Hunting and fishing historically have been two separate and distinct activities, each offering a chance to experience the great outdoors and attracting a loyal following of enthusiasts.
But there are some out there who aren't content with simply one or the other. They are bowfishers. And they unite a passion for archery with a passion for fishing.
"It's the best of both worlds," says Brooke Benham, an avid bowfisher from Castle Rock.
The sport is relatively new to Colorado, but interest is growing and there are numerous places to test your abilities. Just like fishing with a rod, you can shoot from the shore or from a boat.
Benham says both types offer unique challenges.
A boat provides much more access to any body of water, and the freedom to browse an entire lake means you'll find more areas to shoot.
It doesn't take much to get started in the sport of bowfishing. And it's cheap. You'll need a fishing license and equipment.
"Head to any sporting goods store where the initial purchase (bow, reel, arrow and tips) is pretty affordable and runs about $165," Benham says.
With bowfishing, it's not as simple as see a fish, shoot a fish. The fish you're allowed to shoot are non-native, invasive species that are a detriment to the environment and "outnumber every game fish in lakes," says John Lindell, Colorado Bowfishing Association vice president.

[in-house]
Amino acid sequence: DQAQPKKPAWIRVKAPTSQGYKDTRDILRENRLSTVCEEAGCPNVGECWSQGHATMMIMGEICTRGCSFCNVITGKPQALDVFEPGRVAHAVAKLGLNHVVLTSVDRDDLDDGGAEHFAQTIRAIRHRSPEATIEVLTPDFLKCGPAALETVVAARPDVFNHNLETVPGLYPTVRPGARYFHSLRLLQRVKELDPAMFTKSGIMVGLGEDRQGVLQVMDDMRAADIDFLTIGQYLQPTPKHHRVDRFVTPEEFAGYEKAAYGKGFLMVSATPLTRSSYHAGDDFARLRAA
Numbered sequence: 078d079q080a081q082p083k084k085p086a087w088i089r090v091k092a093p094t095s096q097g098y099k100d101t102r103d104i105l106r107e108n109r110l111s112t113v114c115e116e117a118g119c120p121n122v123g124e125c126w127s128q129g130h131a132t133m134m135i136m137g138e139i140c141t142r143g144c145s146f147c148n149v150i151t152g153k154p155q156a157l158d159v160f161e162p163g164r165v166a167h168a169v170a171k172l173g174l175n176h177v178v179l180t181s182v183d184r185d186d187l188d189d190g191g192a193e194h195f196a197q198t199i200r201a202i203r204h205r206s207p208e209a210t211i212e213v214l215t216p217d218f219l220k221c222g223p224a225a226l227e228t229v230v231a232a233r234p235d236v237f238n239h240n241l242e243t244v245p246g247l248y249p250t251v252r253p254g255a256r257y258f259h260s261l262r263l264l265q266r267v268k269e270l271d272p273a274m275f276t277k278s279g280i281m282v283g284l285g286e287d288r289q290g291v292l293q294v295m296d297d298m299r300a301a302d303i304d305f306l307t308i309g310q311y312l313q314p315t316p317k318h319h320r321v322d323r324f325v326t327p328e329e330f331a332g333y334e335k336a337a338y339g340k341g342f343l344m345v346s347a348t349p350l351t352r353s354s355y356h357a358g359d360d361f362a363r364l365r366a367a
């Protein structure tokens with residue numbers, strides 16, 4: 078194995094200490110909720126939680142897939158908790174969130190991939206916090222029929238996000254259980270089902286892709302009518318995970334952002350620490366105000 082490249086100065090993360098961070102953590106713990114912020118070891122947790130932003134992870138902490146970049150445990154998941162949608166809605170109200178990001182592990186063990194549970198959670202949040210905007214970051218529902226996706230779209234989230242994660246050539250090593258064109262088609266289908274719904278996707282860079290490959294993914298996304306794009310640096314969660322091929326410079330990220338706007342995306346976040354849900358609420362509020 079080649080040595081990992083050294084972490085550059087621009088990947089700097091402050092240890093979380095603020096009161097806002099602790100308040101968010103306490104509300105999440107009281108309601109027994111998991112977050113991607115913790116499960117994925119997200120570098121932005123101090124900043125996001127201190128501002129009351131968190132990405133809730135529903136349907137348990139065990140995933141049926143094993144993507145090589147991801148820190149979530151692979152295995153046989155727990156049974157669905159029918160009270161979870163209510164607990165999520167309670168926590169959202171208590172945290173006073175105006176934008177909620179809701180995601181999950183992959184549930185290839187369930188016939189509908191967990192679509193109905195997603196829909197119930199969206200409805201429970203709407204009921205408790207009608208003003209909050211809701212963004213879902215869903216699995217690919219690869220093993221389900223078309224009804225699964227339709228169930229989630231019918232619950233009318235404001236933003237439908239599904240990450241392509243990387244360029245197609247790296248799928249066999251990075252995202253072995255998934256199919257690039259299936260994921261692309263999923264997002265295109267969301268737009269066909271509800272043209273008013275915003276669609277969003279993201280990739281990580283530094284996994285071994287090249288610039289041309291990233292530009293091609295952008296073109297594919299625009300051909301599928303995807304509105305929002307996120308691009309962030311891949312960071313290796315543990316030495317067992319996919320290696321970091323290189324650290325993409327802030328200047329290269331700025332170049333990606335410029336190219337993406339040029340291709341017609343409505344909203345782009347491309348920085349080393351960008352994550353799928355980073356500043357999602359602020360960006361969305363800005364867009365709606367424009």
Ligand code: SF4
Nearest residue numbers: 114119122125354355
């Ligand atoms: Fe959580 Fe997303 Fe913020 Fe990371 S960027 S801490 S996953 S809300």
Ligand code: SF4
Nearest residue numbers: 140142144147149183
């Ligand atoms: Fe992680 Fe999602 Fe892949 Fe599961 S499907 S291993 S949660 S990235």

If you want to shoot a high quantity of fish, go out early in the morning or after dusk when the waters are cooler, just like with typical fishing.
The invasive species, such as carp, are "very sensitive to sound, and the cooler the water the slower and more lethargic they are," Lindell says.
"You'll see them sunbathing in the morning with their mouth out sucking water, the 'carp call' I like to call it," says Justin Turnbell, the association's president.
Bowfishers hunt the same areas that most anglers fish, areas with lots of brush and trees.
"Deep brush is carp heaven," Lindell says. "There are lots of insects and shelter from birds who want to eat them."
Benham lists the Platte River and Chatfield Reservoir among her favorite places to bowfish.
"Any lakes, reservoirs or ponds, just not in high elevations because you're less likely to find carp," she says.
There is no limit to the number of invasive species that you can shoot, but you're going to need some luck.
On one Saturday morning, three members of the Colorado Bowfishing Association descended upon Pueblo Reservoir and managed to shoot only one fish. A week later on a lake near Fort Morgan, the trio went out and shot 75 carp.
The fish are not that tasty, but bowfishing is a fun sport and serves a needed purpose by protecting game fish such as trout, walleye, pike and catfish.
Turnbell does have one piece of advice for anyone who plans to try bowfishing: "Be careful, it's addicting."